Answers to your questions about...incident-to billing; reporting ED codes; E&M service and urninalysis
I saw a 70-year-old patient to check his uncontrolled Type II diabetes. After this initial visit, he had a follow-up appointment with my NP to discuss any reactions to the insulin. I was in the office that day, but not in the exam room with them. Can I bill the NP's service "incident-to"?
You should bill this encounter under the NP's identification number. You didn't establish a plan of care for this patient's medical problems, so this visit wouldn't satisfy Medicare's incident-to guidelines. Medicare would pay the NP's services at 85 percent of the physician's rate.
Reporting ED codes
An ED physician asked me to see a patient in the ED and then take over the patient's care. Can I submit an ED visit even though I'm not an ED physician?
Yes. A common misconception is that only ED physicians can report ED services (99281-99285). Any physician can report the ED codes if he provides a service in the ED. This doesn't mean, however, that an ED code is the only choice.
According to CMS, non-ED physicians should report an ED visit for services rendered in the ED unless the service meets the criteria for a consult (99241-99245), the physician delivers critical care services (99291-99292), or the physician admits the patient to the hospital (99221-99223, 99218-99220, or 99234-99236).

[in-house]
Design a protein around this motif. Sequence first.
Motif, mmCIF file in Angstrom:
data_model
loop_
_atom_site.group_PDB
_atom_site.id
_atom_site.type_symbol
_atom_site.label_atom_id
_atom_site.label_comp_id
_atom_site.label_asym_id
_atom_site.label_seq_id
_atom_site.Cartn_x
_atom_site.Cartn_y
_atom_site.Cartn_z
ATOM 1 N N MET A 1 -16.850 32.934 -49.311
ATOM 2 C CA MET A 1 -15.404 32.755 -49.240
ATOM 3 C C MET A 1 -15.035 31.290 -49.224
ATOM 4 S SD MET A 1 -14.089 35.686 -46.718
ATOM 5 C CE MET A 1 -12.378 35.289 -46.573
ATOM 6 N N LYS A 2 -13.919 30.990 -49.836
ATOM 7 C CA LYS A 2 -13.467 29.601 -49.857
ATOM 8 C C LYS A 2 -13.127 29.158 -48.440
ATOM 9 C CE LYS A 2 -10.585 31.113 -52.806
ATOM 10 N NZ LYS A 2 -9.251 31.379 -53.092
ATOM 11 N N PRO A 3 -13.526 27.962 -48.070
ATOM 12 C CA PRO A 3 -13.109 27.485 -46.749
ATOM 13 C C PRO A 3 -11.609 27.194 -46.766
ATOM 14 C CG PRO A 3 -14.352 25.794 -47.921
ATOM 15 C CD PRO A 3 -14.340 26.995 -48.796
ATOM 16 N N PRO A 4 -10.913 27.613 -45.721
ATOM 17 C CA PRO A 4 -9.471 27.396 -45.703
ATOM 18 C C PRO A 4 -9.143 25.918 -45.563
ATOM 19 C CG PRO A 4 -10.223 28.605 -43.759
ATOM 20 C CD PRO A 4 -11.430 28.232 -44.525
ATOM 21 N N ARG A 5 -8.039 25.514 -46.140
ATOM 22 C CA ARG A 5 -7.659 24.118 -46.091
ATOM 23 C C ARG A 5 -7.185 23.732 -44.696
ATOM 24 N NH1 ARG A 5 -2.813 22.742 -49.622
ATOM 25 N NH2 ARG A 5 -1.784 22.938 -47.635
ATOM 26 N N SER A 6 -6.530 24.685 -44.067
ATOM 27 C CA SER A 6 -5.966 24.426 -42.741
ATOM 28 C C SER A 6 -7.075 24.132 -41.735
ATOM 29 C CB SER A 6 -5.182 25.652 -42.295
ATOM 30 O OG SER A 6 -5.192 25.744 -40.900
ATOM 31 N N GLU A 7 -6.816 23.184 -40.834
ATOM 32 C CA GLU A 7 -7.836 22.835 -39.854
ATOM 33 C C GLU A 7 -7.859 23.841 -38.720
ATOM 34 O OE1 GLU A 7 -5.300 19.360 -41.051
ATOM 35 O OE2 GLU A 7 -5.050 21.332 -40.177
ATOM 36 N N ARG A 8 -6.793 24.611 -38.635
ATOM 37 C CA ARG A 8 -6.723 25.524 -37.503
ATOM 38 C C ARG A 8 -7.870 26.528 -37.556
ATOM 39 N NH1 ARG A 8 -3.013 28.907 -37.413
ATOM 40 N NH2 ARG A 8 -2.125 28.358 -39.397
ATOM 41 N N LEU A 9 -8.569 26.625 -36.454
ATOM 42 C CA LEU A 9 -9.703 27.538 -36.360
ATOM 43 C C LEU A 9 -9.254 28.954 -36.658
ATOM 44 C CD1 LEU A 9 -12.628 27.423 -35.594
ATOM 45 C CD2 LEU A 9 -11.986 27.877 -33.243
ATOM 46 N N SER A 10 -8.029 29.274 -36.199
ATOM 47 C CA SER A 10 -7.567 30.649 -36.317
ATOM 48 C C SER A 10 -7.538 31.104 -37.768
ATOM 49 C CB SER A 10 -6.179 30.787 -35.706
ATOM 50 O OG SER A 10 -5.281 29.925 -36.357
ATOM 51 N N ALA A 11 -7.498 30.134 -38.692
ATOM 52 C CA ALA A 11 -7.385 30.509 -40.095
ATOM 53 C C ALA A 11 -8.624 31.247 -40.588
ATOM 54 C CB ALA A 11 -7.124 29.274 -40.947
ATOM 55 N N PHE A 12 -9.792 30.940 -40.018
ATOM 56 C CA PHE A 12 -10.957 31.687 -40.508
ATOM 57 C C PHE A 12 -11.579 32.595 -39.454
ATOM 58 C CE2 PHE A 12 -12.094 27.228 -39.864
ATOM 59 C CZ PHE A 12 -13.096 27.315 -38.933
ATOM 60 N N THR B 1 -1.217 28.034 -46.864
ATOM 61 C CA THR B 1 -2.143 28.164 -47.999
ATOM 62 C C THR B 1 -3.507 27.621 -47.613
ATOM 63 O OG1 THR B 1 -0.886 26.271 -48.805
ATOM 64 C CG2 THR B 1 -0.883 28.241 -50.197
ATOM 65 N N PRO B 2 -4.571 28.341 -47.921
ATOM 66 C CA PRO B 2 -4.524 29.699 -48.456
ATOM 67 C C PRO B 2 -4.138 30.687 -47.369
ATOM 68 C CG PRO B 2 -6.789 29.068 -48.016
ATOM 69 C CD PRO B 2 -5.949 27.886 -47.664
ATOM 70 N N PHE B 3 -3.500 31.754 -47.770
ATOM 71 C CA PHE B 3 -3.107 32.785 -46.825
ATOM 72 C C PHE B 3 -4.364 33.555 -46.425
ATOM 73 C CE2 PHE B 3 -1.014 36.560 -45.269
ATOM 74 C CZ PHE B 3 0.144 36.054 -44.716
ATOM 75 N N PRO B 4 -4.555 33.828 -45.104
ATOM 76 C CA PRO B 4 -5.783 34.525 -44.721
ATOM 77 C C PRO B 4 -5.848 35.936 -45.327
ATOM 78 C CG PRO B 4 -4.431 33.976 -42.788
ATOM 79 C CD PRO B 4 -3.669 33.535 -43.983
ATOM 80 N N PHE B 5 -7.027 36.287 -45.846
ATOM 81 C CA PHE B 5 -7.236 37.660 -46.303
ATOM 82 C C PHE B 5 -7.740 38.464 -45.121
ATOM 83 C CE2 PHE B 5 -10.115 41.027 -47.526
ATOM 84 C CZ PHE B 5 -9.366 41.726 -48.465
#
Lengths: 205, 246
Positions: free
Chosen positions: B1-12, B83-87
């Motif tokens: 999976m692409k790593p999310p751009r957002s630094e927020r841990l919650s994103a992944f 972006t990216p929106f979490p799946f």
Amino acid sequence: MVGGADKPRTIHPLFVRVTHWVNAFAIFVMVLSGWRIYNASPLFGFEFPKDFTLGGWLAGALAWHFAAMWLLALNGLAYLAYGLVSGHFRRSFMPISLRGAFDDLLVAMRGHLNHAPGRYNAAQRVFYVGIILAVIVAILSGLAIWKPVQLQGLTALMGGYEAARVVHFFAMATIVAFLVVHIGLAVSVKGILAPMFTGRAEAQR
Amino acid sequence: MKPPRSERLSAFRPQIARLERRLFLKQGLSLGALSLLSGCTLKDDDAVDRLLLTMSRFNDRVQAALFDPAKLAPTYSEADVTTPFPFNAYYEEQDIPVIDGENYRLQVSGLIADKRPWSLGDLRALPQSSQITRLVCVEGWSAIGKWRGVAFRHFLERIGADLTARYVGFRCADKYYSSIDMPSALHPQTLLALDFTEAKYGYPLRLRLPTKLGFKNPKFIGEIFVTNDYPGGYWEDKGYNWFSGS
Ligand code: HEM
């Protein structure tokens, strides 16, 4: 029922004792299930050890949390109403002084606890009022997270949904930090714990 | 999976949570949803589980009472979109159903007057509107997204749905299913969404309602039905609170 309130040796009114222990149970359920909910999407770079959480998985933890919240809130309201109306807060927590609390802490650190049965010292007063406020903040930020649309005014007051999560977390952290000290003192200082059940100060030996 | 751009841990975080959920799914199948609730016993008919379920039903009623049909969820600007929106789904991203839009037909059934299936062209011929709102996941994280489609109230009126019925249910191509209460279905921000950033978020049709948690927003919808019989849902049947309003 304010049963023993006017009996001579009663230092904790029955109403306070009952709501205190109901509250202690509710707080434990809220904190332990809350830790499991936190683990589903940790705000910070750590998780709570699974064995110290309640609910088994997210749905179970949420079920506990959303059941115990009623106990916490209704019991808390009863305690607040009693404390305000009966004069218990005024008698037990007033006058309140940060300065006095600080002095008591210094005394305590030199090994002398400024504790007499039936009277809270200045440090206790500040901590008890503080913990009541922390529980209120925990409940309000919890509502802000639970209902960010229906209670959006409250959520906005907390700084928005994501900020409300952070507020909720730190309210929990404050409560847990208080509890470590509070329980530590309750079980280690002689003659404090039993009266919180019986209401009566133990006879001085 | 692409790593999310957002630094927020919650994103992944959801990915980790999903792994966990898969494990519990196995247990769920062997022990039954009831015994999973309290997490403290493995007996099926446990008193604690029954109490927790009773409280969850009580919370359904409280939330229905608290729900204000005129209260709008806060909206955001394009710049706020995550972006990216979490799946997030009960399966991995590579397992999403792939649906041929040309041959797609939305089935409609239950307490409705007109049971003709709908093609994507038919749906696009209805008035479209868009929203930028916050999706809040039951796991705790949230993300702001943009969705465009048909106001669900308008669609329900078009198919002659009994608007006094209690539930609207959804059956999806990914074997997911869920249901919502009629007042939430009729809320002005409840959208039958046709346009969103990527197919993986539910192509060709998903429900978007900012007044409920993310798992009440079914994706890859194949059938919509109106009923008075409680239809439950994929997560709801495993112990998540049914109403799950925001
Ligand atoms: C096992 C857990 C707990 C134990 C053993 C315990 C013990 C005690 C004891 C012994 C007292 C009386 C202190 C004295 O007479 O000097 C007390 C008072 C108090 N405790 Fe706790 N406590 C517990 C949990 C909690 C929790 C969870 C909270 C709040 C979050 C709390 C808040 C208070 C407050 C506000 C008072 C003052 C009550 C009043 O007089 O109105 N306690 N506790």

In your case, because the ED physician transferred care to you, you should report an ED visit, such as 99282.
Some private payers, however, may insist that only ED physicians can use ED service codes 99281-99285. Check with your payers to learn their rules.
E&M service and urinalysis
Do I need to use modifier –25 when I submit both a urinalysis and an E&M code?
No. When you perform an office visit and also provide an ancillary service such as a lab test to determine a diagnosis or the treatment plan, you can report both services without appending modifier –25 (significant, separately identifiable E&M service by the same physician on the same day of the procedure or other service) to the E&M code.
CMS doesn't require you to append modifier –25 to an E&M code when the separate service doesn't have a "global fee period." Medicare assigns global periods of 90 days to major surgeries and either zero or 10 days to certain minor procedures. Services included in these global fee periods can't be billed separately. Since the global concept doesn't apply to a urinalysis, you can bill separately, and you wouldn't attach modifier –25 to the E&M.
This information is adapted from material provided by The Coding Institute. For a free sample issue or information on how to subscribe to any of 29 specialty-specific coding newsletters, please contact The Coding Institute, 2272 Airport Road South, Naples, FL 34112; phone 800-508-2582; fax 800-508-2592; or visit http://www.codinginstitute.com.